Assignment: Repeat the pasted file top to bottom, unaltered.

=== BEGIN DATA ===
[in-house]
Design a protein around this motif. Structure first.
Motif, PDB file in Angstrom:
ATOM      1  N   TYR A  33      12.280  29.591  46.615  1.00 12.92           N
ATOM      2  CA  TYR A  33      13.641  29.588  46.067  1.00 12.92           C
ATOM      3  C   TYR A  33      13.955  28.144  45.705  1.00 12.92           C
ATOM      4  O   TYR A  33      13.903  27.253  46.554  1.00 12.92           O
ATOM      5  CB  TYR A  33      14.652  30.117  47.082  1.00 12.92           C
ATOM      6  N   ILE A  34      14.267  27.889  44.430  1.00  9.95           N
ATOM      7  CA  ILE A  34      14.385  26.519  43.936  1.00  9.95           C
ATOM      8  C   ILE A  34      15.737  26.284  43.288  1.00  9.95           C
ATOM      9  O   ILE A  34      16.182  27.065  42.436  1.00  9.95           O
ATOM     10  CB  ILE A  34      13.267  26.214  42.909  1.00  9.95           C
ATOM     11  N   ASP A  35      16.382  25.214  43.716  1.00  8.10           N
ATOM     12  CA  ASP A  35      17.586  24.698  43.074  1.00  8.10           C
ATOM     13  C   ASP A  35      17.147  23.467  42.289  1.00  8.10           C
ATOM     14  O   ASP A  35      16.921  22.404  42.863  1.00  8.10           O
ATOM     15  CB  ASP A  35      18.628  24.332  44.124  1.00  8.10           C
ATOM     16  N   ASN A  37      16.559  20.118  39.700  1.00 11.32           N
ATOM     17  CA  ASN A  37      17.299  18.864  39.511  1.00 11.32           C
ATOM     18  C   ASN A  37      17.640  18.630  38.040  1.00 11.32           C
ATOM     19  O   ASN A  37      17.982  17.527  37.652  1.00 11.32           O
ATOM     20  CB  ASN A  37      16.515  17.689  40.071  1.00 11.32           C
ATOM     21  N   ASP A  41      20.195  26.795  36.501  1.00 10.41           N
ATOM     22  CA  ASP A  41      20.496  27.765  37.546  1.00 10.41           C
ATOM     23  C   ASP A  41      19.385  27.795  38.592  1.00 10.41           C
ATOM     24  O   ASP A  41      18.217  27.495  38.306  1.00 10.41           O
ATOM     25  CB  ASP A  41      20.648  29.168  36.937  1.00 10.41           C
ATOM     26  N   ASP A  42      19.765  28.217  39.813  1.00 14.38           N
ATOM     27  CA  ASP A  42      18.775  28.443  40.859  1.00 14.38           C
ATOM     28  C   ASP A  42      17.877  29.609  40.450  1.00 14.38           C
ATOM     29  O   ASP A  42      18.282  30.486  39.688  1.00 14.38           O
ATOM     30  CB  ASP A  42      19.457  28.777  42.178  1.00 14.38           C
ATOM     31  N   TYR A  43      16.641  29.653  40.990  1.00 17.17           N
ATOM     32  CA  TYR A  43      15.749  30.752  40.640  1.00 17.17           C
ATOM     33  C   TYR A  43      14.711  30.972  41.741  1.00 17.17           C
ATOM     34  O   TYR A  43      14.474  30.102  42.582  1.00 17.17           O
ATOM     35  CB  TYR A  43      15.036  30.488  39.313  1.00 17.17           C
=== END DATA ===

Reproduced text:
[in-house]
Design a protein around this motif. Structure first.
Motif, PDB file in Angstrom:
ATOM      1  N   TYR A  33      12.280  29.591  46.615  1.00 12.92           N
ATOM      2  CA  TYR A  33      13.641  29.588  46.067  1.00 12.92           C
ATOM      3  C   TYR A  33      13.955  28.144  45.705  1.00 12.92           C
ATOM      4  O   TYR A  33      13.903  27.253  46.554  1.00 12.92           O
ATOM      5  CB  TYR A  33      14.652  30.117  47.082  1.00 12.92           C
ATOM      6  N   ILE A  34      14.267  27.889  44.430  1.00  9.95           N
ATOM      7  CA  ILE A  34      14.385  26.519  43.936  1.00  9.95           C
ATOM      8  C   ILE A  34      15.737  26.284  43.288  1.00  9.95           C
ATOM      9  O   ILE A  34      16.182  27.065  42.436  1.00  9.95           O
ATOM     10  CB  ILE A  34      13.267  26.214  42.909  1.00  9.95           C
ATOM     11  N   ASP A  35      16.382  25.214  43.716  1.00  8.10           N
ATOM     12  CA  ASP A  35      17.586  24.698  43.074  1.00  8.10           C
ATOM     13  C   ASP A  35      17.147  23.467  42.289  1.00  8.10           C
ATOM     14  O   ASP A  35      16.921  22.404  42.863  1.00  8.10           O
ATOM     15  CB  ASP A  35      18.628  24.332  44.124  1.00  8.10           C
ATOM     16  N   ASN A  37      16.559  20.118  39.700  1.00 11.32           N
ATOM     17  CA  ASN A  37      17.299  18.864  39.511  1.00 11.32           C
ATOM     18  C   ASN A  37      17.640  18.630  38.040  1.00 11.32           C
ATOM     19  O   ASN A  37      17.982  17.527  37.652  1.00 11.32           O
ATOM     20  CB  ASN A  37      16.515  17.689  40.071  1.00 11.32           C
ATOM     21  N   ASP A  41      20.195  26.795  36.501  1.00 10.41           N
ATOM     22  CA  ASP A  41      20.496  27.765  37.546  1.00 10.41           C
ATOM     23  C   ASP A  41      19.385  27.795  38.592  1.00 10.41           C
ATOM     24  O   ASP A  41      18.217  27.495  38.306  1.00 10.41           O
ATOM     25  CB  ASP A  41      20.648  29.168  36.937  1.00 10.41           C
ATOM     26  N   ASP A  42      19.765  28.217  39.813  1.00 14.38           N
ATOM     27  CA  ASP A  42      18.775  28.443  40.859  1.00 14.38           C
ATOM     28  C   ASP A  42      17.877  29.609  40.450  1.00 14.38           C
ATOM     29  O   ASP A  42      18.282  30.486  39.688  1.00 14.38           O
ATOM     30  CB  ASP A  42      19.457  28.777  42.178  1.00 14.38           C
ATOM     31  N   TYR A  43      16.641  29.653  40.990  1.00 17.17           N
ATOM     32  CA  TYR A  43      15.749  30.752  40.640  1.00 17.17           C
ATOM     33  C   TYR A  43      14.711  30.972  41.741  1.00 17.17           C
ATOM     34  O   TYR A  43      14.474  30.102  42.582  1.00 17.17           O
ATOM     35  CB  TYR A  43      15.036  30.488  39.313  1.00 17.17           C